However, when we remember pieces of our abuse, our higher-brain function begins to shut down. Our higher brain function controls things like speech, vocabulary, etc. which makes it all the harder for us to communicate what's going on when people most need to know.
One of the ways to communicate that we've already discussed is the idea of "keywords". Keywords are words you choose ahead of time to mean something specific. For example, if you are triggered and having a flashback, picking a specific word like "trigger" or even something less obvious like, "Poodle" can let our supporters know what's going on, without feeling like you're going to be exposed to everyone who's around.
Aside from talking, other means of communication can be things like: particular songs to express your mood, painting, drawing, writing, etc. Anything that works well for you to express how you're feeling or what you're remembering can be a big help!
So this week we'll be talking about communication, how you communicate best, and how best people can communicate with you.
This week's questions:
- Do you find it difficult to communicate? When is it the most difficult?
- How best do you communicate with others?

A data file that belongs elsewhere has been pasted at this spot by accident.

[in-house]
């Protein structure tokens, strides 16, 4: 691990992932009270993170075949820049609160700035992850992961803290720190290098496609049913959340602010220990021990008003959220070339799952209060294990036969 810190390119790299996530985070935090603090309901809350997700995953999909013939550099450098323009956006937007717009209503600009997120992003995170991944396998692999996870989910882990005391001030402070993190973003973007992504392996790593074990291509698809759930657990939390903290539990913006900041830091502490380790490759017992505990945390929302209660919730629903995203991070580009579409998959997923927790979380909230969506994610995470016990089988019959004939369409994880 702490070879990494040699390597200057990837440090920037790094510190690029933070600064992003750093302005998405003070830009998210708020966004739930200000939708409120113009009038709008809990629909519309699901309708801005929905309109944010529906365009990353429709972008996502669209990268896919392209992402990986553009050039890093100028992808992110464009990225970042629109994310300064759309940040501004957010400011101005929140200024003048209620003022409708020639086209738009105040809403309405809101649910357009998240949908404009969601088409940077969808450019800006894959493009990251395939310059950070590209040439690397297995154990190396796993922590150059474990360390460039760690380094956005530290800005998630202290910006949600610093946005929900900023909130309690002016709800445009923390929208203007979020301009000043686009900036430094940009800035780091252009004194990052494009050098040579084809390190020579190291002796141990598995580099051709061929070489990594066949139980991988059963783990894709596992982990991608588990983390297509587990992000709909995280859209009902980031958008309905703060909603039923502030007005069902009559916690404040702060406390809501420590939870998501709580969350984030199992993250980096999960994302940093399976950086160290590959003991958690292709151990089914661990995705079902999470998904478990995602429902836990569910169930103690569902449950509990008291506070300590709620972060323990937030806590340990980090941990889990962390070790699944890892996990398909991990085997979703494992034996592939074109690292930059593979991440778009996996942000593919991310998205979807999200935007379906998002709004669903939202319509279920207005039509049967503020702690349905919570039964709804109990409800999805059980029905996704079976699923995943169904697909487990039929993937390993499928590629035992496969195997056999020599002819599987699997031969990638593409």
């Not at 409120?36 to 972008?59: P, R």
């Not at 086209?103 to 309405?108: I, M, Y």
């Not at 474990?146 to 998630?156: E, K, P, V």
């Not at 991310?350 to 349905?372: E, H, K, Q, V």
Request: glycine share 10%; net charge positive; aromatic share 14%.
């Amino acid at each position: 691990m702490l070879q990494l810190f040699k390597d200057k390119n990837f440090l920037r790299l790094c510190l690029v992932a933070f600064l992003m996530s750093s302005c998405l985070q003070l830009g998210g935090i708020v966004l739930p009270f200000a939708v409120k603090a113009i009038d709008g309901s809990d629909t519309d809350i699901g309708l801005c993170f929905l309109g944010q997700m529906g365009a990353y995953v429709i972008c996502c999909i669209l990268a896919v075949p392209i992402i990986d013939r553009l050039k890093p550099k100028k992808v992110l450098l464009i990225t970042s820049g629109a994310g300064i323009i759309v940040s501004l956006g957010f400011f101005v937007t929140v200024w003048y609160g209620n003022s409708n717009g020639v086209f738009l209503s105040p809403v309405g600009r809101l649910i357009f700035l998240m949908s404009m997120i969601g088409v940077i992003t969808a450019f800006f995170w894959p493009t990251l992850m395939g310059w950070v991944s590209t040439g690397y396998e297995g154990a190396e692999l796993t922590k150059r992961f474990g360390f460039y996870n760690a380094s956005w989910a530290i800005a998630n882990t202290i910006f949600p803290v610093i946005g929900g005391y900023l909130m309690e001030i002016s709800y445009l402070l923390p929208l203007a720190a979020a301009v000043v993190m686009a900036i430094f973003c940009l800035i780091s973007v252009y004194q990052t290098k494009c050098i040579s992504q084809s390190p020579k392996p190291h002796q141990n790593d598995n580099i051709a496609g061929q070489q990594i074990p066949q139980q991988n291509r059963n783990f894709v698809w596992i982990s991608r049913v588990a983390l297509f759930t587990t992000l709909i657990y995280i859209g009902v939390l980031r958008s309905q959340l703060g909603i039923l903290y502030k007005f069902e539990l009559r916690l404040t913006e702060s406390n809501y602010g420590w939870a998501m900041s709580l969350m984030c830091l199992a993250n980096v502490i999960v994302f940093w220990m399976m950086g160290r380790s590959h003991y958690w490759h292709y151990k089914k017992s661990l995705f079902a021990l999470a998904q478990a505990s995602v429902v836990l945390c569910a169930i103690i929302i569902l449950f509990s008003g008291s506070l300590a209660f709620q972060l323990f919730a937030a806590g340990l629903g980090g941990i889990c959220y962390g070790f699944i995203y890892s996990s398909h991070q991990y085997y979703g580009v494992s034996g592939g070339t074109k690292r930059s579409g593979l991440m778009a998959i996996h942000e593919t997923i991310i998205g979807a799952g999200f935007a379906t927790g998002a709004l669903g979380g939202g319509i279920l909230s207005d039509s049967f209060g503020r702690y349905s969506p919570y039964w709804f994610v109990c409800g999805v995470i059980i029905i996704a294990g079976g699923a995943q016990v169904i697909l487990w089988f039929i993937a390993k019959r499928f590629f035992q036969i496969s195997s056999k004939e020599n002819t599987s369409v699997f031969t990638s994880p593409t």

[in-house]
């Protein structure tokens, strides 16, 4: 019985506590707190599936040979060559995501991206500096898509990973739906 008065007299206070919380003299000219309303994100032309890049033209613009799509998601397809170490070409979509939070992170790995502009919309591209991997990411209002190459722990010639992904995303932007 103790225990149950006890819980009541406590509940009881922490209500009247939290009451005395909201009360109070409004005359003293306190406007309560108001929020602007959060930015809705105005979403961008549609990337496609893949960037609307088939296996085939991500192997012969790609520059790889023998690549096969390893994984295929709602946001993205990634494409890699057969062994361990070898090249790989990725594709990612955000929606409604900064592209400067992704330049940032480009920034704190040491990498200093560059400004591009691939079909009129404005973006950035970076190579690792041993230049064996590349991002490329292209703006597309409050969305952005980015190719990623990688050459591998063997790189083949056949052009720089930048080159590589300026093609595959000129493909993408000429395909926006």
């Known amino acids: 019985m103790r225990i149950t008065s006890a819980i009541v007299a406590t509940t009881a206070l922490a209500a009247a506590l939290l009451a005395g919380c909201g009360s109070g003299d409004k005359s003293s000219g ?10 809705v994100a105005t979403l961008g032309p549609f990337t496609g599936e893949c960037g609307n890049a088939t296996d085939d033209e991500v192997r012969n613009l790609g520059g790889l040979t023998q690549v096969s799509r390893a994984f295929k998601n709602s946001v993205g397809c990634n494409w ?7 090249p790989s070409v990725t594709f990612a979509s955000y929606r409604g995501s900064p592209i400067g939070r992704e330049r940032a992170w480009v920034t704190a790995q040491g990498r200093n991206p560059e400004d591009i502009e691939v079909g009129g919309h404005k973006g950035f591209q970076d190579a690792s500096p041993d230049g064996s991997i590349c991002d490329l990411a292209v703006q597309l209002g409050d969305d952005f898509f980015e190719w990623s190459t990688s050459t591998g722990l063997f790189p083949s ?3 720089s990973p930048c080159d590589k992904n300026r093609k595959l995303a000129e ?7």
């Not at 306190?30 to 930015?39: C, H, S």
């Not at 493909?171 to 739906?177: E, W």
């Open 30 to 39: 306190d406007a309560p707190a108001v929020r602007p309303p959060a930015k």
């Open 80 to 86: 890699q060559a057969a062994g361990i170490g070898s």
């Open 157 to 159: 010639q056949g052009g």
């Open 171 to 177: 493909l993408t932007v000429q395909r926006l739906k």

- How best could others communicate to you?
My parents called and even though things are better, I still find myself keeping things from them, simple things that shouldn't matter...like settling on if I will be coming to visit on Christmas Eve or Christmas morning. I still haven't told them I am a vegiterian either. I know that my evasiveness doesn't help the situation but i instantly freeze.
My partner and I talked about therapy. I asked if she had called anyone on the list and she said no, she keeps forgetting. I asked if there was anything making her hesitate, and she repeated that she just forgets. Then she started making up an excuse about how she doesnt even know if she should be thinking about that now because winter is coming and our heat bills will be rising. I called her on that because we go out to eat several times a week and drop more than what the copay would cost. She said good point and said she'd call.
The next day we were out driving and I brought up something I had been thinking about my therapy and my anger. This lead her to bring up finding one herself. She said she didn't want to call until we were sure she was covered. I've been paying for insurance for both of us for 3 months and she is in the university records, we just haven't recieved new insurace cards. So I assumed she is covered and I got defensive about her making what I thought to be more excuses. I was panicy and got mad. I asked if once I called HR she would call a therapist. "Maybe" was her answer.
We didn't have a fight, but we had a strong conversation about how its discouraging and it is easy for me to take this as another procrastination when she is already avoiding her student loans and procrastinating on calling the university to finalize the degree for her paperwork. We ended it with us both quiet and her saying she'd call. Within an hour we were talking again and had a decent night playing cards. Only slight tension.